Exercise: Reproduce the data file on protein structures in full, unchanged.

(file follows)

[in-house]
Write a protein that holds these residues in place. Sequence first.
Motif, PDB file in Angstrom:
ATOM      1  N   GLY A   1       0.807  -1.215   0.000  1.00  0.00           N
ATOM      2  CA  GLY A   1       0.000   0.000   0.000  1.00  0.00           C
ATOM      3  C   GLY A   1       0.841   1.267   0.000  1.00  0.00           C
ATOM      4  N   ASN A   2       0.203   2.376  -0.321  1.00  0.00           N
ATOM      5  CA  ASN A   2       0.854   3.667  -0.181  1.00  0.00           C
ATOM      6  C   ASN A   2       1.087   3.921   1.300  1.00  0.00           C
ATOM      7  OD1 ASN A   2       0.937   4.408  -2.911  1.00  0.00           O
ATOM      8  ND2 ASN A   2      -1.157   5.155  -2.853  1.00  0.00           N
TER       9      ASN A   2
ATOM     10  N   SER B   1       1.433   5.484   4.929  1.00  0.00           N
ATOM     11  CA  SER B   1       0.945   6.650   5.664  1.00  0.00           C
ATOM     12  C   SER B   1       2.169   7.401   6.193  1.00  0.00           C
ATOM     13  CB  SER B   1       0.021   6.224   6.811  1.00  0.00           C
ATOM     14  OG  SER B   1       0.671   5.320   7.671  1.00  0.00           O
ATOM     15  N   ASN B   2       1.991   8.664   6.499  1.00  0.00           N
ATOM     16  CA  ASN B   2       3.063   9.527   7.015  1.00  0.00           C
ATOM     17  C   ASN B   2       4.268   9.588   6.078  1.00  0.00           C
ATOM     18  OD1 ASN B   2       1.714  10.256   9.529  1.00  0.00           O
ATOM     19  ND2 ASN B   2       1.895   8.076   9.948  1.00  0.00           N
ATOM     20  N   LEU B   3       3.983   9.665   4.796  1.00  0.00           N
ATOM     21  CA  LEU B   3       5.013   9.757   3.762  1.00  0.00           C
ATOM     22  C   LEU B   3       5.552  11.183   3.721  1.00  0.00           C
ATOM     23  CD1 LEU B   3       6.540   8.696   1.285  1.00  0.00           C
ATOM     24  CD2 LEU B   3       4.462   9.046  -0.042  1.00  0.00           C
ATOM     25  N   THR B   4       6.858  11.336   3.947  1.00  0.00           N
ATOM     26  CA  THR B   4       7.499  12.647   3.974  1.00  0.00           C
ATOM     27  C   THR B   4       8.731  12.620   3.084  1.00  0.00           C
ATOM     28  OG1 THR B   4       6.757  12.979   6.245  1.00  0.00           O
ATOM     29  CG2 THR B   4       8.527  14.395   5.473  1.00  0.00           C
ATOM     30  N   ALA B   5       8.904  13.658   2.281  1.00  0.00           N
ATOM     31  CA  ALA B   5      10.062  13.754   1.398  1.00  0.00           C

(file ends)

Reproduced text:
[in-house]
Write a protein that holds these residues in place. Sequence first.
Motif, PDB file in Angstrom:
ATOM      1  N   GLY A   1       0.807  -1.215   0.000  1.00  0.00           N
ATOM      2  CA  GLY A   1       0.000   0.000   0.000  1.00  0.00           C
ATOM      3  C   GLY A   1       0.841   1.267   0.000  1.00  0.00           C
ATOM      4  N   ASN A   2       0.203   2.376  -0.321  1.00  0.00           N
ATOM      5  CA  ASN A   2       0.854   3.667  -0.181  1.00  0.00           C
ATOM      6  C   ASN A   2       1.087   3.921   1.300  1.00  0.00           C
ATOM      7  OD1 ASN A   2       0.937   4.408  -2.911  1.00  0.00           O
ATOM      8  ND2 ASN A   2      -1.157   5.155  -2.853  1.00  0.00           N
TER       9      ASN A   2
ATOM     10  N   SER B   1       1.433   5.484   4.929  1.00  0.00           N
ATOM     11  CA  SER B   1       0.945   6.650   5.664  1.00  0.00           C
ATOM     12  C   SER B   1       2.169   7.401   6.193  1.00  0.00           C
ATOM     13  CB  SER B   1       0.021   6.224   6.811  1.00  0.00           C
ATOM     14  OG  SER B   1       0.671   5.320   7.671  1.00  0.00           O
ATOM     15  N   ASN B   2       1.991   8.664   6.499  1.00  0.00           N
ATOM     16  CA  ASN B   2       3.063   9.527   7.015  1.00  0.00           C
ATOM     17  C   ASN B   2       4.268   9.588   6.078  1.00  0.00           C
ATOM     18  OD1 ASN B   2       1.714  10.256   9.529  1.00  0.00           O
ATOM     19  ND2 ASN B   2       1.895   8.076   9.948  1.00  0.00           N
ATOM     20  N   LEU B   3       3.983   9.665   4.796  1.00  0.00           N
ATOM     21  CA  LEU B   3       5.013   9.757   3.762  1.00  0.00           C
ATOM     22  C   LEU B   3       5.552  11.183   3.721  1.00  0.00           C
ATOM     23  CD1 LEU B   3       6.540   8.696   1.285  1.00  0.00           C
ATOM     24  CD2 LEU B   3       4.462   9.046  -0.042  1.00  0.00           C
ATOM     25  N   THR B   4       6.858  11.336   3.947  1.00  0.00           N
ATOM     26  CA  THR B   4       7.499  12.647   3.974  1.00  0.00           C
ATOM     27  C   THR B   4       8.731  12.620   3.084  1.00  0.00           C
ATOM     28  OG1 THR B   4       6.757  12.979   6.245  1.00  0.00           O
ATOM     29  CG2 THR B   4       8.527  14.395   5.473  1.00  0.00           C
ATOM     30  N   ALA B   5       8.904  13.658   2.281  1.00  0.00           N
ATOM     31  CA  ALA B   5      10.062  13.754   1.398  1.00  0.00           C